API 579 FFS Using INSPECT Webinar and Q&A

View FFS Using INSPECT Webinar Recording
B31.4 is on our development list and we anticipate it being released this year.
Not currently. Miters have been discussed and will likely be added in at a later time.
This really falls to the experience of the operators of the plant. It should also be documented in the origin design documents as well.
General metal loss is the most conservative approach so engineers often make that assumption to simplify the analysis.
The Critical Thickness Profile grid is an input into the API-579 FFS analysis. The INSPECT user enters this data, usually gathered by an inspector, into the appropriate dialog.
With INSPECT you get all the same functionality as you do with COMPRESS. So if you are currently running INSPECT that is all you will need.
The API-579 does not list out recommended repairs. Rather the analysis performed will inform the user if the equipment is fit to continue in service. If not, the owner of the equipment typically investigates various options.

  1. Drop the operating pressure and or pressure (derate, INSPECT does this)
  2. Repair (will depend on the damage mechanism and schedule)
  3. Replace
If a Charpy impact test was performed you can edit the component and check the box “Impacted Tested”. You can then enter in what temperature the test was performed at.
The API 1104 deals with “Welding of Pipelines and Related Facilities”. It does not address FFS in this document nor does the API-579 reference this document.
We’re not entirely sure what you asking. Please feel free to contact us to clarify this further.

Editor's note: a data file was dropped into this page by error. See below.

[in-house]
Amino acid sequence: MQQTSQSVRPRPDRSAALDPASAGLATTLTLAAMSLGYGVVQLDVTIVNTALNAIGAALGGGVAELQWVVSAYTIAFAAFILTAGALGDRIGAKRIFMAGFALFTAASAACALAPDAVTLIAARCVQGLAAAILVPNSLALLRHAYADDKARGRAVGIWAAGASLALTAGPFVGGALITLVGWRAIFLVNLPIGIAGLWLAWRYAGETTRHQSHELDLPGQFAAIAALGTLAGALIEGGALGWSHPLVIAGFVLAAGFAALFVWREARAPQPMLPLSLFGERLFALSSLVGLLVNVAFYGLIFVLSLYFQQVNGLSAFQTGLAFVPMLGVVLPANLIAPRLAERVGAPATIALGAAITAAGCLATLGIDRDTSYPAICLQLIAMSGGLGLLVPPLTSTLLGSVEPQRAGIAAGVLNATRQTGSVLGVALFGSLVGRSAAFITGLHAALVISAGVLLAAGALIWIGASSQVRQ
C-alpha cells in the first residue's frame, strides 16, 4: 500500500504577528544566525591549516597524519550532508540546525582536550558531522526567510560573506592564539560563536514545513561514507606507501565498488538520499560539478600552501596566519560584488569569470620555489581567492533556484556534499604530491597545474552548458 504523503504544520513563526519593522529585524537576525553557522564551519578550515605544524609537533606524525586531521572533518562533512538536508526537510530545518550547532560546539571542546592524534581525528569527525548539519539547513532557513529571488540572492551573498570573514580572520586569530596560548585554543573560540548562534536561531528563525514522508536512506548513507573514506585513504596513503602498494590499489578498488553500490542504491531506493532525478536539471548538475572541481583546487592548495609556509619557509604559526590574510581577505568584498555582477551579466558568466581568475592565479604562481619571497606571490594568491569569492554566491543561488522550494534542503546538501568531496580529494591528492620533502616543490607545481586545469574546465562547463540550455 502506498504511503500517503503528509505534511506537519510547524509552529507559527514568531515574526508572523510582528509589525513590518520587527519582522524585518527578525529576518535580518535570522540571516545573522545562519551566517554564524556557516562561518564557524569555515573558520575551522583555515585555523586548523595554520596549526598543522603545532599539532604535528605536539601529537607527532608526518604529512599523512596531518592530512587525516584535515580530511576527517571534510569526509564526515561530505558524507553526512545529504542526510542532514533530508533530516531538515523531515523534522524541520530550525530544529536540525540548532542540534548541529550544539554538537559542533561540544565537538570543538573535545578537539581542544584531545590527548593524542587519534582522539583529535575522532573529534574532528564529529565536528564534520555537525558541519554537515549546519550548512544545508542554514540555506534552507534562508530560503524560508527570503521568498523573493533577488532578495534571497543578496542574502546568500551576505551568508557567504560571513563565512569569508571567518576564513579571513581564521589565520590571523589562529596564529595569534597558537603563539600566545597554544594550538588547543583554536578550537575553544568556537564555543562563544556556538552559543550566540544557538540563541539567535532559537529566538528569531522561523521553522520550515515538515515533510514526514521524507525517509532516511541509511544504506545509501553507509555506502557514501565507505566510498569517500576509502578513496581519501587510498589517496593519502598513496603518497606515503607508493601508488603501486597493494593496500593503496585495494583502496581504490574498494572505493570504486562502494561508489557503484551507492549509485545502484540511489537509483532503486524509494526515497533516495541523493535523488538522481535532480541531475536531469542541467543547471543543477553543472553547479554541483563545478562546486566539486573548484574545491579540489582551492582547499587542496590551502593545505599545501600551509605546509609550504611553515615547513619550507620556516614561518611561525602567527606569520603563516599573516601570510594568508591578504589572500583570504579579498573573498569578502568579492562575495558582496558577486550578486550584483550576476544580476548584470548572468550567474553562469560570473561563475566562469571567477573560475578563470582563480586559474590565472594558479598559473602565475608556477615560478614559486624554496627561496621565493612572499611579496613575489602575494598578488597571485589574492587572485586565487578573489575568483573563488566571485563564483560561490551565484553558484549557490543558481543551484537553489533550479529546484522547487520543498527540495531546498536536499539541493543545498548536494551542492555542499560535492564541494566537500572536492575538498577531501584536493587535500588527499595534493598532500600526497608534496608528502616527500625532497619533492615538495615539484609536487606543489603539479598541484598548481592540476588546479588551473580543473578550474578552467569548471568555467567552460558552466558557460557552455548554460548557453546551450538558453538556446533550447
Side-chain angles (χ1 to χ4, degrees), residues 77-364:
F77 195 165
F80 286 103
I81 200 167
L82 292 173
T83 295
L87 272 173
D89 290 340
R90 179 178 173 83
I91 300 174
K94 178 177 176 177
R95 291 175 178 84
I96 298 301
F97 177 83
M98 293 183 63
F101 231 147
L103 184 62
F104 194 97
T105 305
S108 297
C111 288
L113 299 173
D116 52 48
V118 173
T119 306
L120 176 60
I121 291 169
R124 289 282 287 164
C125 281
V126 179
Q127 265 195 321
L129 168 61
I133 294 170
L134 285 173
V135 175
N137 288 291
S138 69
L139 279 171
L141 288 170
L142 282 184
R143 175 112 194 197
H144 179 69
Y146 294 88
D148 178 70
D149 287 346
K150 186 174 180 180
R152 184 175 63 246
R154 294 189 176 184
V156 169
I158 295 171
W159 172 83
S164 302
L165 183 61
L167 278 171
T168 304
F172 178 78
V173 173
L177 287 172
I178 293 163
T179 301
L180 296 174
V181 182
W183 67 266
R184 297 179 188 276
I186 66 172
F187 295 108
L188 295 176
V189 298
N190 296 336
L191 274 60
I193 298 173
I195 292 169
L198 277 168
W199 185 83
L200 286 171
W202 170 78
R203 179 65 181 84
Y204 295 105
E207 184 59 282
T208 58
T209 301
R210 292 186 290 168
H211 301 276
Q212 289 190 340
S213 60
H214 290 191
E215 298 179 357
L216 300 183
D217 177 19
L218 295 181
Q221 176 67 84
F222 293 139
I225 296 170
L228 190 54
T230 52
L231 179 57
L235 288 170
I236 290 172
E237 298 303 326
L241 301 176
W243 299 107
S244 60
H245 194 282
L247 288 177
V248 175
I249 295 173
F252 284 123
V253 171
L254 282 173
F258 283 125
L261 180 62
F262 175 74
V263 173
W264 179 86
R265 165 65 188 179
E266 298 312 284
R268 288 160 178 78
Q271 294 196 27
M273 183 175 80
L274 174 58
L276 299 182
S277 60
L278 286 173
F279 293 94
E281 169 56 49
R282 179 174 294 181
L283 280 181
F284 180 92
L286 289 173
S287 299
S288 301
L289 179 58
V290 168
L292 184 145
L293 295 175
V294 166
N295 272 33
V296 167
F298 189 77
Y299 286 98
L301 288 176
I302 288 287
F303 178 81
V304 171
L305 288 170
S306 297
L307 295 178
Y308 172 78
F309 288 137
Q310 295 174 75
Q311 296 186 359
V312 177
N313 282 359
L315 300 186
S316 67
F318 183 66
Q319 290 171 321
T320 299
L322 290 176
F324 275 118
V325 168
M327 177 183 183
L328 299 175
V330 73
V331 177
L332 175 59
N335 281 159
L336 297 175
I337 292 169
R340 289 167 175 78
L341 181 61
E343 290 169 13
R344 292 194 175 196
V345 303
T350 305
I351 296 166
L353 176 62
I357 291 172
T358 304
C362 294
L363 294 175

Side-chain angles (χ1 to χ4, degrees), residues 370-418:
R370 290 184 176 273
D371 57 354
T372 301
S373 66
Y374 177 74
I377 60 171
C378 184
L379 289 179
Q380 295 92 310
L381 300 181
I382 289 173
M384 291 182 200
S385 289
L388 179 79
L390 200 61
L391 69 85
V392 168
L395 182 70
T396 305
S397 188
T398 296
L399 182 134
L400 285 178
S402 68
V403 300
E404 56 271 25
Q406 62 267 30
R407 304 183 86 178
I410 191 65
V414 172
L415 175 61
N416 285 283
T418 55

INSPECT currently includes FFS for straight B31.3 pipe (spools). Later this year we will be extending INSPECT’s piping capabilities to include pipelines. Coverage of B31.3, B31.4, API-579 and API-570 will be available.
Thermal loads can be entered in the supplemental loads dialog.
No. In INSPECT you can model simple components having one or more damage mechanisms. Unlike others, INSPECT (and COMPRESS) do not require you to learn and use two different programs to handle both situations.
The sketch was taken from Appendix 1-10. When we were looking at this example we were also running the Appendix 1-10 rules to see if it would pass (it did).
Not currently but it has been discussed and may be implemented at a later time. API 653 is scheduled for inclusion later this year.
The API-579 itself does not address the different types of welds in Parts 3, 4, 5, and 6. The joint efficiencies would be the only item that the API-579 analysis would be concerned with.
INSPECT does not handle crack-like flaws. When required, we suggest consulting with a firm that specializes in this field. A couple of things to keep in mind about cracks:

  1. Accurately describing the damage mechanism geometry in an FEA model is often challenging
  2. The FEA practitioner must be well versed in the application of FEA to Code vessels ( ASME VIII-2, Part 5)
  3. Turn around (TAR) time constraints may not permit it.
  4. Cost, as the analysis may end up turning into an Engineering study.
  5. Most importantly, The National Board does not allow equipment to be operated with cracks.
Not currently. Parts 3,4,5, and 6 are covered in INSPECT.
To physically accomplish this a charpy impact test would need to be performed.
Boiler tubes subject to creep are not covered by INSPECT and require special consideration.
Vessels are modeled one per document window (Division 1). INSPECT has a project feature that allows all related equipment, say from one corrosion loop, to be associated together. INSPECT can then run reports on the entire loop. See this video tutorial for more details:


Yes. It is Codeware’s policy to update our software to the latest Codes and Standards as they become available. INSPECT is currently using the latest versions of API-510 and API-579.